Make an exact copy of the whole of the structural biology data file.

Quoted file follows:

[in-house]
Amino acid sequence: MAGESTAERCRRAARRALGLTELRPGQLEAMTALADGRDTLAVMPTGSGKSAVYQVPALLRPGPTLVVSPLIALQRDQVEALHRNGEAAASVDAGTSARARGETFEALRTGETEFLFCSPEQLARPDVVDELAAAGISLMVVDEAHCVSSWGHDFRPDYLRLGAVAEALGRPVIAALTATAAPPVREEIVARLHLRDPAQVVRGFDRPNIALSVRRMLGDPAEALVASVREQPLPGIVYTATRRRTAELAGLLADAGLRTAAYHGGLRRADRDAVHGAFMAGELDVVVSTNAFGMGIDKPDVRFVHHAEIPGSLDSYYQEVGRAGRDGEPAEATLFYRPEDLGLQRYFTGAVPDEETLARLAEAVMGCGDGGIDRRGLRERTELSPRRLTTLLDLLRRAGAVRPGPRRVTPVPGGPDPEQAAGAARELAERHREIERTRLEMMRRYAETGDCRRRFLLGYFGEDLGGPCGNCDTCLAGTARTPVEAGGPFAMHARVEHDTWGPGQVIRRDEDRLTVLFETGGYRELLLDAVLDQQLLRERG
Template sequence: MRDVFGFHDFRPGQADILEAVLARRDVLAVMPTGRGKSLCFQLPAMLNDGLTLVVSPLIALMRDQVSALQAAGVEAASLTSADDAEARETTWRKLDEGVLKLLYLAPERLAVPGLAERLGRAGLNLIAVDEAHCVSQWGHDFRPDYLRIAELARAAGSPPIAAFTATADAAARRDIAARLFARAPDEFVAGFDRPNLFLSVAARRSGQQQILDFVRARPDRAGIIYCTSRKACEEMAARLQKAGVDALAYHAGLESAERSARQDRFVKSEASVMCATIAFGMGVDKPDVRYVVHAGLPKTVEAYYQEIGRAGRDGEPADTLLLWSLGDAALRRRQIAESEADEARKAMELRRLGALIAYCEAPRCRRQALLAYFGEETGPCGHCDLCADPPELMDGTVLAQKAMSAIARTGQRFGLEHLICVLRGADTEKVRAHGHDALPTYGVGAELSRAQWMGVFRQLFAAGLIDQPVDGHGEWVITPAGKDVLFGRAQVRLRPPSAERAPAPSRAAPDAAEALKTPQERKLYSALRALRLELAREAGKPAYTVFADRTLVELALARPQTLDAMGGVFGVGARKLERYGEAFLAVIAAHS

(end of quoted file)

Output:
[in-house]
Amino acid sequence: MAGESTAERCRRAARRALGLTELRPGQLEAMTALADGRDTLAVMPTGSGKSAVYQVPALLRPGPTLVVSPLIALQRDQVEALHRNGEAAASVDAGTSARARGETFEALRTGETEFLFCSPEQLARPDVVDELAAAGISLMVVDEAHCVSSWGHDFRPDYLRLGAVAEALGRPVIAALTATAAPPVREEIVARLHLRDPAQVVRGFDRPNIALSVRRMLGDPAEALVASVREQPLPGIVYTATRRRTAELAGLLADAGLRTAAYHGGLRRADRDAVHGAFMAGELDVVVSTNAFGMGIDKPDVRFVHHAEIPGSLDSYYQEVGRAGRDGEPAEATLFYRPEDLGLQRYFTGAVPDEETLARLAEAVMGCGDGGIDRRGLRERTELSPRRLTTLLDLLRRAGAVRPGPRRVTPVPGGPDPEQAAGAARELAERHREIERTRLEMMRRYAETGDCRRRFLLGYFGEDLGGPCGNCDTCLAGTARTPVEAGGPFAMHARVEHDTWGPGQVIRRDEDRLTVLFETGGYRELLLDAVLDQQLLRERG
Template sequence: MRDVFGFHDFRPGQADILEAVLARRDVLAVMPTGRGKSLCFQLPAMLNDGLTLVVSPLIALMRDQVSALQAAGVEAASLTSADDAEARETTWRKLDEGVLKLLYLAPERLAVPGLAERLGRAGLNLIAVDEAHCVSQWGHDFRPDYLRIAELARAAGSPPIAAFTATADAAARRDIAARLFARAPDEFVAGFDRPNLFLSVAARRSGQQQILDFVRARPDRAGIIYCTSRKACEEMAARLQKAGVDALAYHAGLESAERSARQDRFVKSEASVMCATIAFGMGVDKPDVRYVVHAGLPKTVEAYYQEIGRAGRDGEPADTLLLWSLGDAALRRRQIAESEADEARKAMELRRLGALIAYCEAPRCRRQALLAYFGEETGPCGHCDLCADPPELMDGTVLAQKAMSAIARTGQRFGLEHLICVLRGADTEKVRAHGHDALPTYGVGAELSRAQWMGVFRQLFAAGLIDQPVDGHGEWVITPAGKDVLFGRAQVRLRPPSAERAPAPSRAAPDAAEALKTPQERKLYSALRALRLELAREAGKPAYTVFADRTLVELALARPQTLDAMGGVFGVGARKLERYGEAFLAVIAAHS